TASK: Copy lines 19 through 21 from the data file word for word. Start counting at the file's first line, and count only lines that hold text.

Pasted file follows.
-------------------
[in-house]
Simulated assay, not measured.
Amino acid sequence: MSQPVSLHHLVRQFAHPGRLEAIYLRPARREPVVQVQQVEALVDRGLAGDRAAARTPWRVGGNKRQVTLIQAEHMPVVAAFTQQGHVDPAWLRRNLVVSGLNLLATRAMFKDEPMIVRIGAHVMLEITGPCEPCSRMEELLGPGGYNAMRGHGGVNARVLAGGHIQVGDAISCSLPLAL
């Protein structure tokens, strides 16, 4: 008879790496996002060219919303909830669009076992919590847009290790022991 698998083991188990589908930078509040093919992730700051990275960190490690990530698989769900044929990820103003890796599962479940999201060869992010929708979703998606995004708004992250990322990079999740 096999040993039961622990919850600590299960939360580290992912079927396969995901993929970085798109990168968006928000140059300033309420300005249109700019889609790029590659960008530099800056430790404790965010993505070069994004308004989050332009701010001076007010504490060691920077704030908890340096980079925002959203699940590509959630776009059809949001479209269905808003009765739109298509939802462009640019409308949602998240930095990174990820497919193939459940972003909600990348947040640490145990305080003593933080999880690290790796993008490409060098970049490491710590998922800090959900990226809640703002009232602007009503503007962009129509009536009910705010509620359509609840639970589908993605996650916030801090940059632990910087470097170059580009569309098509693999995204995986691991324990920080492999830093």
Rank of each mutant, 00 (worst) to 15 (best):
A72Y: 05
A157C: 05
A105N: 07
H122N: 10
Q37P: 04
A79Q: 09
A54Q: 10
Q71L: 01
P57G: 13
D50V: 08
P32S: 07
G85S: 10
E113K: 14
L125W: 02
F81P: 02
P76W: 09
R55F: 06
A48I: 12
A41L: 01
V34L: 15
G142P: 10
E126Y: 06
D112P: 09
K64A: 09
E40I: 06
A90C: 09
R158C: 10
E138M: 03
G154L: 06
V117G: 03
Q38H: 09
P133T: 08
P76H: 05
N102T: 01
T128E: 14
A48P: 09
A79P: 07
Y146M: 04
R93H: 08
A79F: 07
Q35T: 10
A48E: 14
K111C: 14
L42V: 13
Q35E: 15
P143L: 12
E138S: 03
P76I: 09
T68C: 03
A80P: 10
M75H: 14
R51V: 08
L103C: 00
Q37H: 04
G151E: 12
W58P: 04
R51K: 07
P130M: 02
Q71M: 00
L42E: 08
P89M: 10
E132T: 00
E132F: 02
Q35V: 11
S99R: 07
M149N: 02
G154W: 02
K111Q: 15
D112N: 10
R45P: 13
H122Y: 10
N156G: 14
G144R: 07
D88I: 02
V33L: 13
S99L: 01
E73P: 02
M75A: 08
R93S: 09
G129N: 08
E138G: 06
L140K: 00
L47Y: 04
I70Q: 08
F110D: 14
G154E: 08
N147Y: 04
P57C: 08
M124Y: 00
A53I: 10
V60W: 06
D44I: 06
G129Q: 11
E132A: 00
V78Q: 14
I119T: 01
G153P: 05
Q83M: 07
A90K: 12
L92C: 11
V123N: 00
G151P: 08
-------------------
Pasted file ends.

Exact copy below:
L125W: 02
F81P: 02
P76W: 09